Great Britain will be bidding for a third straight gold medal in men’s triathlon in Tokyo but this time the main hope is a 23-year-old from Brockley in his first Games.

Alex Yee was given the nod ahead of Alistair Brownlee, whose bid for a third successive gold medal ended with disqualification in the final selection race in his home city of Leeds in June.

The winner that day was Yee, who timed his big breakthrough to perfection by claiming his first World Triathlon Series victory at a canter.

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At his best, Brownlee is the greatest Olympic-distance triathlete in history and one of the top performers across all three disciplines.

Yee showed the improvements he has made to his swimming and cycling in Leeds but his ace in the pack is that he is the fastest runner the sport has ever seen.

Lee is a former Stillness Primary School pupil, who trained with Crystal Palace Triathletes and Kent Athletics Club at Ladywell Arena.

In 2018, he shocked established names by breaking 28 minutes to win the British 10,000 metres title and went on to finish 14th at the European Championships.

The question will be whether the heat of a Japanese summer will allow him to fully stretch his legs out and overcome opposition that will include his British team-mate Jonny Brownlee, who won the bronze medal in London and silver in Rio behind his brother.

Whatever Yee manages to achieve in Tokyo, being on the start line is a victory in itself given the potentially career-ending – or worse – accident he suffered in 2017.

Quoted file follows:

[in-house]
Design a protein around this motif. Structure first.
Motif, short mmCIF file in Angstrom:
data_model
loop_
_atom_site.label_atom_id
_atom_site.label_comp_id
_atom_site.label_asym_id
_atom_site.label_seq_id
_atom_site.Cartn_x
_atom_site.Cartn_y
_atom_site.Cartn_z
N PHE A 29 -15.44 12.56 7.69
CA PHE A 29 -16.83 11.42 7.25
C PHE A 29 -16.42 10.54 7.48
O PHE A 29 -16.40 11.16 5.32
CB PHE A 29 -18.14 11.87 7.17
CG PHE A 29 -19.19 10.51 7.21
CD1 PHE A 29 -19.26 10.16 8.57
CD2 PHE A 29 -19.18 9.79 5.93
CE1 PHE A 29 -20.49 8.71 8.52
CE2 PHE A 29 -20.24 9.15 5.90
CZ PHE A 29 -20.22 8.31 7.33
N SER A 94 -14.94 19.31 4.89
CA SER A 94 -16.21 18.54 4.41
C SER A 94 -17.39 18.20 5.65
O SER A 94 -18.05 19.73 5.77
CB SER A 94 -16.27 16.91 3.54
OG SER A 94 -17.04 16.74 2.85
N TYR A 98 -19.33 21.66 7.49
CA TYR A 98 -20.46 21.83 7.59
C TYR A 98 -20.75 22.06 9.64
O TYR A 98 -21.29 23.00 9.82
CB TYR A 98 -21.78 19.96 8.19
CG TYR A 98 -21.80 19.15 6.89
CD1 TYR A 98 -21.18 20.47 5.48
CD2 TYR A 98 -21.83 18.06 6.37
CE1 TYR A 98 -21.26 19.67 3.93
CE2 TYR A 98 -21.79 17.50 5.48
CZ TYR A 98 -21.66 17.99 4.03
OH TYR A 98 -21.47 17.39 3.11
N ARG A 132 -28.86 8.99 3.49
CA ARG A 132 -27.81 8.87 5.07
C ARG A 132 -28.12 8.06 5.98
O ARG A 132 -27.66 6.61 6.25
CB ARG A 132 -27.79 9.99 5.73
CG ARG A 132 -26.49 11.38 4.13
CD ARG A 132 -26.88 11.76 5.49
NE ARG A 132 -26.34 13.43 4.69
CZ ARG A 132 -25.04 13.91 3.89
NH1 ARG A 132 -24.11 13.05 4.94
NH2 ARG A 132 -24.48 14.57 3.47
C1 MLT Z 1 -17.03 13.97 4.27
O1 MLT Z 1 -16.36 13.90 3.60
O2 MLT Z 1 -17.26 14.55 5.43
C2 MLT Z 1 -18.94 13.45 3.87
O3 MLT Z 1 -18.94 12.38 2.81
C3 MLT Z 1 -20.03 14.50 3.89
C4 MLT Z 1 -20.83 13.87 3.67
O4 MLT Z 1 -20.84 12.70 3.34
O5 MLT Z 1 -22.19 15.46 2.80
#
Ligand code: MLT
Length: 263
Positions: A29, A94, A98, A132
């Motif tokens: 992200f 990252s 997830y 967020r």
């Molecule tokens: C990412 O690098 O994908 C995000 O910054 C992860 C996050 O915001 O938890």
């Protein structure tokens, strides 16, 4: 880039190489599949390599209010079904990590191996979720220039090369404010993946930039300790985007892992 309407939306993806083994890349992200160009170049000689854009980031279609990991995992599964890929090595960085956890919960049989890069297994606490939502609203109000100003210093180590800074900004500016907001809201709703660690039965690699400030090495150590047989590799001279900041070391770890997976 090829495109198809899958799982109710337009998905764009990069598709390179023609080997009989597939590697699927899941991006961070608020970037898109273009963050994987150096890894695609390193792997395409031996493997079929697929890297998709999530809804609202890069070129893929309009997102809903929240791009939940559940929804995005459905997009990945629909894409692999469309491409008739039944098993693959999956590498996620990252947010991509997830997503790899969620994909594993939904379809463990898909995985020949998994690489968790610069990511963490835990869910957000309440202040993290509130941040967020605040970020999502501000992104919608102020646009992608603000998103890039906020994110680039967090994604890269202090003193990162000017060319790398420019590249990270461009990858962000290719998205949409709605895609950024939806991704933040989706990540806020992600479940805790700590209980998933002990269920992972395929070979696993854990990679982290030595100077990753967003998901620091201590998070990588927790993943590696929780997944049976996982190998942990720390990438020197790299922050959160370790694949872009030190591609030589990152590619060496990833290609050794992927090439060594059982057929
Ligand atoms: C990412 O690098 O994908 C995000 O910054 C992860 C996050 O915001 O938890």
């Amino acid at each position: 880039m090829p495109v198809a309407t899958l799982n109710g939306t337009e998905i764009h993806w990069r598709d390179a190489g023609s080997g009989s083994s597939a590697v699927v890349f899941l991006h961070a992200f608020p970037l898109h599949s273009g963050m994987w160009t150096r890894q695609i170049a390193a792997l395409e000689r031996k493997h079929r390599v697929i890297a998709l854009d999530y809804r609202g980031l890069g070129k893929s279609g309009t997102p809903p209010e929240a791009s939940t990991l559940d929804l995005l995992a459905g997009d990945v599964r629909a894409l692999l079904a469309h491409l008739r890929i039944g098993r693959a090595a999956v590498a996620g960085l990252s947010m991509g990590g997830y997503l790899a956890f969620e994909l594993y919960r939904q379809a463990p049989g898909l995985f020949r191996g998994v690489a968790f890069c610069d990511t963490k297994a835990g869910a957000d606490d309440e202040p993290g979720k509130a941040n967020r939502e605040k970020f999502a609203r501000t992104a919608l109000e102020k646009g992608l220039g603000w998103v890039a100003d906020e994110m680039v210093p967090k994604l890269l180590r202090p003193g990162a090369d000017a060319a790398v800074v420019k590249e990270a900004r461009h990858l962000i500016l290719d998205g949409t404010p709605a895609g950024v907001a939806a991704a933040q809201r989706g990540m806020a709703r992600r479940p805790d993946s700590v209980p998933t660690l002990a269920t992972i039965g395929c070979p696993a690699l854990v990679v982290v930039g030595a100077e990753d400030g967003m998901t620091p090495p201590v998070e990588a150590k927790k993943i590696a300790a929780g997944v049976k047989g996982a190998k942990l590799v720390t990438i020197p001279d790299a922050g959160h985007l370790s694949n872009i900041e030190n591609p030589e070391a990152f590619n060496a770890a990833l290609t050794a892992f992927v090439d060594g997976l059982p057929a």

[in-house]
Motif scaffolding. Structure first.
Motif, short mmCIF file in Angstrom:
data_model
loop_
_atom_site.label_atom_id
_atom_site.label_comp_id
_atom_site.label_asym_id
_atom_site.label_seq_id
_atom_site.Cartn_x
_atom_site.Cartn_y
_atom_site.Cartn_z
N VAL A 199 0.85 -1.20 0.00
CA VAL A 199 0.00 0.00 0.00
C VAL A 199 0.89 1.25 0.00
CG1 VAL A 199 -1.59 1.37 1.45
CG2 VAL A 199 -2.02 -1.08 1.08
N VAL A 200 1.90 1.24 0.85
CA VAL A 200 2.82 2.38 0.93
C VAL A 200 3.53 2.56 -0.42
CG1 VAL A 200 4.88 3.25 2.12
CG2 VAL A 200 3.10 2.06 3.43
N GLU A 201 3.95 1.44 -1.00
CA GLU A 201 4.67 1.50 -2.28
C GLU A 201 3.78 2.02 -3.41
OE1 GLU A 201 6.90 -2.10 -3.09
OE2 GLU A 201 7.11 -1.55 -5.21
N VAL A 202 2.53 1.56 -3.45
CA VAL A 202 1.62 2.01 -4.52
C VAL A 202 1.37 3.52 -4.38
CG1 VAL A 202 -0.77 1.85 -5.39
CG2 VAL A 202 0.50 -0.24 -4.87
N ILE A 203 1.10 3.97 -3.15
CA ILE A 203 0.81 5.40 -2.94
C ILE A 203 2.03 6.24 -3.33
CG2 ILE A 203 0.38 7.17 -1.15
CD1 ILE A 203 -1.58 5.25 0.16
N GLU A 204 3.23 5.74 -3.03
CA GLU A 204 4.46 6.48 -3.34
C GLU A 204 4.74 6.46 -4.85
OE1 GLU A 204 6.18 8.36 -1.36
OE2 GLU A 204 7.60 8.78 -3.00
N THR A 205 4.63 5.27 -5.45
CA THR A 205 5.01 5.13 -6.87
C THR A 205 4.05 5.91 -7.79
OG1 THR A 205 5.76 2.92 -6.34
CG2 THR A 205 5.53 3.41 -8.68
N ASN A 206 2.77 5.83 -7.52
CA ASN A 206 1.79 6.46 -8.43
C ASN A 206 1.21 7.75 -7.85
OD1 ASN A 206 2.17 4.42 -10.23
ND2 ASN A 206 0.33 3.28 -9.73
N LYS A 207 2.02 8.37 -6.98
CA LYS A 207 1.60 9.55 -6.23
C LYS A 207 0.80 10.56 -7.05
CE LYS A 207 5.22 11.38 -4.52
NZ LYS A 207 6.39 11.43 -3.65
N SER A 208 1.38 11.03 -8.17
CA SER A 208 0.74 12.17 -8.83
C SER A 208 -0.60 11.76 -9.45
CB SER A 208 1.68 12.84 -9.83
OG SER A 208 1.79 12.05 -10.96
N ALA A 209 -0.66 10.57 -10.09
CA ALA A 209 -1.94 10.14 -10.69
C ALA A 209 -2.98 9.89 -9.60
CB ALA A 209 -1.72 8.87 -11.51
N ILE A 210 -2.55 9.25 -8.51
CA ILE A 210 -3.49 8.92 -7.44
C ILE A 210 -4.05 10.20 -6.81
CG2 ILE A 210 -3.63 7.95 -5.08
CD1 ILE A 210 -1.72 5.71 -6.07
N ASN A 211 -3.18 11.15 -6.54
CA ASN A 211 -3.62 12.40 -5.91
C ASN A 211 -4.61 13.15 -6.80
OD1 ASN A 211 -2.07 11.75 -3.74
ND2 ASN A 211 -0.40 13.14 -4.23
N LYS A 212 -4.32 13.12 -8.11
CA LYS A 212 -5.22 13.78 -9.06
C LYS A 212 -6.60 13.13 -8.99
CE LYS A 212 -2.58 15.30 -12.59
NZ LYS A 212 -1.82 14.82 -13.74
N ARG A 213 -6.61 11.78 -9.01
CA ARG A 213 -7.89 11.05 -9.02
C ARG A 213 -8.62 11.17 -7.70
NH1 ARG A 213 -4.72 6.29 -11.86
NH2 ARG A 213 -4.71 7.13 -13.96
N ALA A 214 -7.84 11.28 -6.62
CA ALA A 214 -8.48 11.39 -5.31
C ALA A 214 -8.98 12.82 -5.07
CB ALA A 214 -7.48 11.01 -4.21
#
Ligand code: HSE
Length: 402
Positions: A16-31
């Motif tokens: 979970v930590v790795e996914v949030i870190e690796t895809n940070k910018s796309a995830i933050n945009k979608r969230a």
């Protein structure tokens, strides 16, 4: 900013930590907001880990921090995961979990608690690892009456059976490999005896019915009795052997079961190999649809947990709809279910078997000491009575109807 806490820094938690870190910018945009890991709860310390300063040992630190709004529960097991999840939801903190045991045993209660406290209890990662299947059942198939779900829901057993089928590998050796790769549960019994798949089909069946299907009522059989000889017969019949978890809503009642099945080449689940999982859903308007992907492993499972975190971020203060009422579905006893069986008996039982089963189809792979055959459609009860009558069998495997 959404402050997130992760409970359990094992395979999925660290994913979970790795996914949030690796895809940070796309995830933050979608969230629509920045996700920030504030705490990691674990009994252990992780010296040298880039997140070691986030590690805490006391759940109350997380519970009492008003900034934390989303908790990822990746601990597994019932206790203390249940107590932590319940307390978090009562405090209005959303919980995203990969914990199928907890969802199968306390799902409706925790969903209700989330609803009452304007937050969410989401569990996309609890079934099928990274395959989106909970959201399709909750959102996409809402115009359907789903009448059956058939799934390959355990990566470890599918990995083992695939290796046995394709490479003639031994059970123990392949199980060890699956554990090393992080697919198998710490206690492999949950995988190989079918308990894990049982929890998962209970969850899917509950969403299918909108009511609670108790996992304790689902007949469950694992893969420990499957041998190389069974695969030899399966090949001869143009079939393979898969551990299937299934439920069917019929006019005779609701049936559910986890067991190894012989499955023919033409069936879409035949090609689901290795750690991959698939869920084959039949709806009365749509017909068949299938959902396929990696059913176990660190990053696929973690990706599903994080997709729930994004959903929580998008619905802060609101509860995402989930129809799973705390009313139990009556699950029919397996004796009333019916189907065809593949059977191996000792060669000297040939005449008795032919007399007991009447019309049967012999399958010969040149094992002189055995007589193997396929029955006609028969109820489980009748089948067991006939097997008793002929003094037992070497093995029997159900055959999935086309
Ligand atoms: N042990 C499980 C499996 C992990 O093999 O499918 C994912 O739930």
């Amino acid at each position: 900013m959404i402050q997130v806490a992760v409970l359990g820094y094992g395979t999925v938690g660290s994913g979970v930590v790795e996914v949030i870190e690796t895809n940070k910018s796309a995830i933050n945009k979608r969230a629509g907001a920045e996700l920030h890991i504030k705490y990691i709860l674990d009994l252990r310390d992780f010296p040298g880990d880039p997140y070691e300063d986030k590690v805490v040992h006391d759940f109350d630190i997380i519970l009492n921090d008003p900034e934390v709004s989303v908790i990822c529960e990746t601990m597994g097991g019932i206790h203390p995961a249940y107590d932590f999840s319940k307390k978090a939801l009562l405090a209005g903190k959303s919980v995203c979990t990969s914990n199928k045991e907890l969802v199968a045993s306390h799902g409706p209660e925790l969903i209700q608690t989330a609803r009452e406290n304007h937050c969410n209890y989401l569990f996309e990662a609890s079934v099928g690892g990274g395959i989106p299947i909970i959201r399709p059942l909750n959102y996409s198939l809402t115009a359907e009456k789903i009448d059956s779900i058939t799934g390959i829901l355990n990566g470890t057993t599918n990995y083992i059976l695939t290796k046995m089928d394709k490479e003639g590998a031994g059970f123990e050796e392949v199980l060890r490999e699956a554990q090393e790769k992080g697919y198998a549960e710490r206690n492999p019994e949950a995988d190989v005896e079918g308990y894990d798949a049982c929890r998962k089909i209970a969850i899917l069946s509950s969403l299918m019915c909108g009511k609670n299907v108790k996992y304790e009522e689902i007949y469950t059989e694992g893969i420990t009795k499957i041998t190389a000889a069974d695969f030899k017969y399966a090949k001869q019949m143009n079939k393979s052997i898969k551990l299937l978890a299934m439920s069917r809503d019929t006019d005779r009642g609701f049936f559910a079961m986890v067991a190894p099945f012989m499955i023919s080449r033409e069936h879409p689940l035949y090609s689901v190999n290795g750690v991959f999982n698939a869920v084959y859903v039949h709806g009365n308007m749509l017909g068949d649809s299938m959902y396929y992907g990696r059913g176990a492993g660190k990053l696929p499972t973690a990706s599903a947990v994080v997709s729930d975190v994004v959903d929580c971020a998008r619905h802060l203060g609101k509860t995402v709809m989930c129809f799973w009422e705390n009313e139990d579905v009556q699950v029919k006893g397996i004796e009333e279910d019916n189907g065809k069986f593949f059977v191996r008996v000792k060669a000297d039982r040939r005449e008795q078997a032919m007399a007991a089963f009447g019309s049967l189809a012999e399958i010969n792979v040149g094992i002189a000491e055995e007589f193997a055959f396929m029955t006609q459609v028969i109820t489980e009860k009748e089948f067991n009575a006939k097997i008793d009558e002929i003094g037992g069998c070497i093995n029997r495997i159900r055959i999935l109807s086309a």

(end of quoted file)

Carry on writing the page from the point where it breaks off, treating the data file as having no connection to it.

Racing in his first World Cup triathlon in Cagliari he was forced off the road on his bike and hit a concrete bollard at speed. He broke ribs, vertebrae and a shoulder blade and suffered a punctured lung.

“When I initially woke up I didn’t realise the extent of the injuries,” Yee told the PA news agency in an interview in 2019.

“I was keen to get back on my bike the next day. It’s crazy how fine the margins are. I could have been paralysed. I was really fortunate in an unfortunate situation.

“Sometimes you wake up tired and it’s hard to motivate yourself. But then you think back to things like that and realise there might have been a position where you couldn’t have done it at all.

“You give yourself a slap on the wrist. I am really grateful to do what I do.”

Yee knew then that Olympic qualification was potentially on the cards, and he has showed consistency by finishing in the top five in his last three races.

After his selection was confirmed, Yee said: “I know it’s a cliche, but I’m over the moon. I was massively inspired after watching London 2012 in my home city, and now to be selected to represent Team GB after the delay, Covid and the challenges everyone has been through, I am delighted.”